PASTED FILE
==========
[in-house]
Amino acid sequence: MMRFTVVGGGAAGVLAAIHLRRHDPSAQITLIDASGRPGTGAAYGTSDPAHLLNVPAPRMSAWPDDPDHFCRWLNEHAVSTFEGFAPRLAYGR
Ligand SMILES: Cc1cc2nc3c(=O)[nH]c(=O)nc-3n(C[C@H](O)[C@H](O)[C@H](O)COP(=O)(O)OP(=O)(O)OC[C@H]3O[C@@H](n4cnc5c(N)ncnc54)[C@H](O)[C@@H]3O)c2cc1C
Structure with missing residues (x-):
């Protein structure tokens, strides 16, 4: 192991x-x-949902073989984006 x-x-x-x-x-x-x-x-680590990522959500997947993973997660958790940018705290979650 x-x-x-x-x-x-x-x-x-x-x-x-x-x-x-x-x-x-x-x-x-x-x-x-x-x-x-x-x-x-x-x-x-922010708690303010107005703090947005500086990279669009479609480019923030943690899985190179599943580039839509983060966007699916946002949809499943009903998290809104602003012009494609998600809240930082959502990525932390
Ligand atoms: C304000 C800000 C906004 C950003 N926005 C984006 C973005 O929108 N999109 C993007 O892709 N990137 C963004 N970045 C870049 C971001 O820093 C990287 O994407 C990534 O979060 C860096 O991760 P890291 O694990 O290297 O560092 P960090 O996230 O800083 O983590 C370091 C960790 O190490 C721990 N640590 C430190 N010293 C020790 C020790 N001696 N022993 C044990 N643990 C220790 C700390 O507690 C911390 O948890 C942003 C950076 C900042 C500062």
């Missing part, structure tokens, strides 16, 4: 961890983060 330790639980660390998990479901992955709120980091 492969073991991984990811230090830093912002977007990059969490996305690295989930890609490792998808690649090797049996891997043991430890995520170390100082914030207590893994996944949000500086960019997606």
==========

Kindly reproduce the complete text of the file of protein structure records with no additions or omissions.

[in-house]
Amino acid sequence: MMRFTVVGGGAAGVLAAIHLRRHDPSAQITLIDASGRPGTGAAYGTSDPAHLLNVPAPRMSAWPDDPDHFCRWLNEHAVSTFEGFAPRLAYGR
Ligand SMILES: Cc1cc2nc3c(=O)[nH]c(=O)nc-3n(C[C@H](O)[C@H](O)[C@H](O)COP(=O)(O)OP(=O)(O)OC[C@H]3O[C@@H](n4cnc5c(N)ncnc54)[C@H](O)[C@@H]3O)c2cc1C
Structure with missing residues (x-):
């Protein structure tokens, strides 16, 4: 192991x-x-949902073989984006 x-x-x-x-x-x-x-x-680590990522959500997947993973997660958790940018705290979650 x-x-x-x-x-x-x-x-x-x-x-x-x-x-x-x-x-x-x-x-x-x-x-x-x-x-x-x-x-x-x-x-x-922010708690303010107005703090947005500086990279669009479609480019923030943690899985190179599943580039839509983060966007699916946002949809499943009903998290809104602003012009494609998600809240930082959502990525932390
Ligand atoms: C304000 C800000 C906004 C950003 N926005 C984006 C973005 O929108 N999109 C993007 O892709 N990137 C963004 N970045 C870049 C971001 O820093 C990287 O994407 C990534 O979060 C860096 O991760 P890291 O694990 O290297 O560092 P960090 O996230 O800083 O983590 C370091 C960790 O190490 C721990 N640590 C430190 N010293 C020790 C020790 N001696 N022993 C044990 N643990 C220790 C700390 O507690 C911390 O948890 C942003 C950076 C900042 C500062």
């Missing part, structure tokens, strides 16, 4: 961890983060 330790639980660390998990479901992955709120980091 492969073991991984990811230090830093912002977007990059969490996305690295989930890609490792998808690649090797049996891997043991430890995520170390100082914030207590893994996944949000500086960019997606």